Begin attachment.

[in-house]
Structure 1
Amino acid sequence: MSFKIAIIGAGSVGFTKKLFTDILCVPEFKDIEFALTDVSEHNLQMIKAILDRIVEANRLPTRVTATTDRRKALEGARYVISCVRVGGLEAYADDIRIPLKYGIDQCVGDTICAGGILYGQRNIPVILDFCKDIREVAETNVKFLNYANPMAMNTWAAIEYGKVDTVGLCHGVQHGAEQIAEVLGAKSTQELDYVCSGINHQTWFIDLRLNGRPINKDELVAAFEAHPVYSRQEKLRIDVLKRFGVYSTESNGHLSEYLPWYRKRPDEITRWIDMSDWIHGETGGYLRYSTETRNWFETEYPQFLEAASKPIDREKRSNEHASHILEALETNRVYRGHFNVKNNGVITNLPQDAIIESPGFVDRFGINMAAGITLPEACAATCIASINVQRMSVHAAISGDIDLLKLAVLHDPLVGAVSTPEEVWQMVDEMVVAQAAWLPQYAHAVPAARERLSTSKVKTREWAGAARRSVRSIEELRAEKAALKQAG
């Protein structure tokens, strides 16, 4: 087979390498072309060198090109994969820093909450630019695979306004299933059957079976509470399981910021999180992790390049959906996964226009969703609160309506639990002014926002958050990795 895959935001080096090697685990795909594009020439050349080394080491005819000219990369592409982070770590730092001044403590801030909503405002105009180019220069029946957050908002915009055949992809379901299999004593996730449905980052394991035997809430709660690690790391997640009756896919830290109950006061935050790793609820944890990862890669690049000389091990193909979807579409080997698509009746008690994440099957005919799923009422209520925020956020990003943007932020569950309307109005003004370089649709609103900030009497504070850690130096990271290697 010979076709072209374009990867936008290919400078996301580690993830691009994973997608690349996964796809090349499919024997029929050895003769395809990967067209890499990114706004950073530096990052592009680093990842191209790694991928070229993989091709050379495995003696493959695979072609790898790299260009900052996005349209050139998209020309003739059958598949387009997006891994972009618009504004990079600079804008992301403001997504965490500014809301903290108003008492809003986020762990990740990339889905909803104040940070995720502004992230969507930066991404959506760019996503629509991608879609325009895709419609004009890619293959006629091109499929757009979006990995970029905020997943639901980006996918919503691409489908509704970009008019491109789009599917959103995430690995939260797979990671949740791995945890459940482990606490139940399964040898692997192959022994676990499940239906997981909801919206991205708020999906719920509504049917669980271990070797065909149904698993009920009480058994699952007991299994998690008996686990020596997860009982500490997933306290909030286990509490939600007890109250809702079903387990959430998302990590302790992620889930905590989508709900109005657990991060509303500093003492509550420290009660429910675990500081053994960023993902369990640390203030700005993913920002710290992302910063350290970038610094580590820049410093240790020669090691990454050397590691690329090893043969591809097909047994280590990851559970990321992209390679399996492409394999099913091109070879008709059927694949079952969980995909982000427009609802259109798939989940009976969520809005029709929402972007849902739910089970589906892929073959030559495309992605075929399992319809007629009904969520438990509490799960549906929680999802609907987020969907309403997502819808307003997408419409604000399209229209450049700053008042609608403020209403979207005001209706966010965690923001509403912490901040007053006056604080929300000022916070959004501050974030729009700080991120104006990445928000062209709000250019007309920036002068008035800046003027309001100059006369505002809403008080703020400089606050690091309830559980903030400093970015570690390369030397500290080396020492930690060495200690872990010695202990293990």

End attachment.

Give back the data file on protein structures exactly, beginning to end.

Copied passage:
[in-house]
Structure 1
Amino acid sequence: MSFKIAIIGAGSVGFTKKLFTDILCVPEFKDIEFALTDVSEHNLQMIKAILDRIVEANRLPTRVTATTDRRKALEGARYVISCVRVGGLEAYADDIRIPLKYGIDQCVGDTICAGGILYGQRNIPVILDFCKDIREVAETNVKFLNYANPMAMNTWAAIEYGKVDTVGLCHGVQHGAEQIAEVLGAKSTQELDYVCSGINHQTWFIDLRLNGRPINKDELVAAFEAHPVYSRQEKLRIDVLKRFGVYSTESNGHLSEYLPWYRKRPDEITRWIDMSDWIHGETGGYLRYSTETRNWFETEYPQFLEAASKPIDREKRSNEHASHILEALETNRVYRGHFNVKNNGVITNLPQDAIIESPGFVDRFGINMAAGITLPEACAATCIASINVQRMSVHAAISGDIDLLKLAVLHDPLVGAVSTPEEVWQMVDEMVVAQAAWLPQYAHAVPAARERLSTSKVKTREWAGAARRSVRSIEELRAEKAALKQAG
């Protein structure tokens, strides 16, 4: 087979390498072309060198090109994969820093909450630019695979306004299933059957079976509470399981910021999180992790390049959906996964226009969703609160309506639990002014926002958050990795 895959935001080096090697685990795909594009020439050349080394080491005819000219990369592409982070770590730092001044403590801030909503405002105009180019220069029946957050908002915009055949992809379901299999004593996730449905980052394991035997809430709660690690790391997640009756896919830290109950006061935050790793609820944890990862890669690049000389091990193909979807579409080997698509009746008690994440099957005919799923009422209520925020956020990003943007932020569950309307109005003004370089649709609103900030009497504070850690130096990271290697 010979076709072209374009990867936008290919400078996301580690993830691009994973997608690349996964796809090349499919024997029929050895003769395809990967067209890499990114706004950073530096990052592009680093990842191209790694991928070229993989091709050379495995003696493959695979072609790898790299260009900052996005349209050139998209020309003739059958598949387009997006891994972009618009504004990079600079804008992301403001997504965490500014809301903290108003008492809003986020762990990740990339889905909803104040940070995720502004992230969507930066991404959506760019996503629509991608879609325009895709419609004009890619293959006629091109499929757009979006990995970029905020997943639901980006996918919503691409489908509704970009008019491109789009599917959103995430690995939260797979990671949740791995945890459940482990606490139940399964040898692997192959022994676990499940239906997981909801919206991205708020999906719920509504049917669980271990070797065909149904698993009920009480058994699952007991299994998690008996686990020596997860009982500490997933306290909030286990509490939600007890109250809702079903387990959430998302990590302790992620889930905590989508709900109005657990991060509303500093003492509550420290009660429910675990500081053994960023993902369990640390203030700005993913920002710290992302910063350290970038610094580590820049410093240790020669090691990454050397590691690329090893043969591809097909047994280590990851559970990321992209390679399996492409394999099913091109070879008709059927694949079952969980995909982000427009609802259109798939989940009976969520809005029709929402972007849902739910089970589906892929073959030559495309992605075929399992319809007629009904969520438990509490799960549906929680999802609907987020969907309403997502819808307003997408419409604000399209229209450049700053008042609608403020209403979207005001209706966010965690923001509403912490901040007053006056604080929300000022916070959004501050974030729009700080991120104006990445928000062209709000250019007309920036002068008035800046003027309001100059006369505002809403008080703020400089606050690091309830559980903030400093970015570690390369030397500290080396020492930690060495200690872990010695202990293990």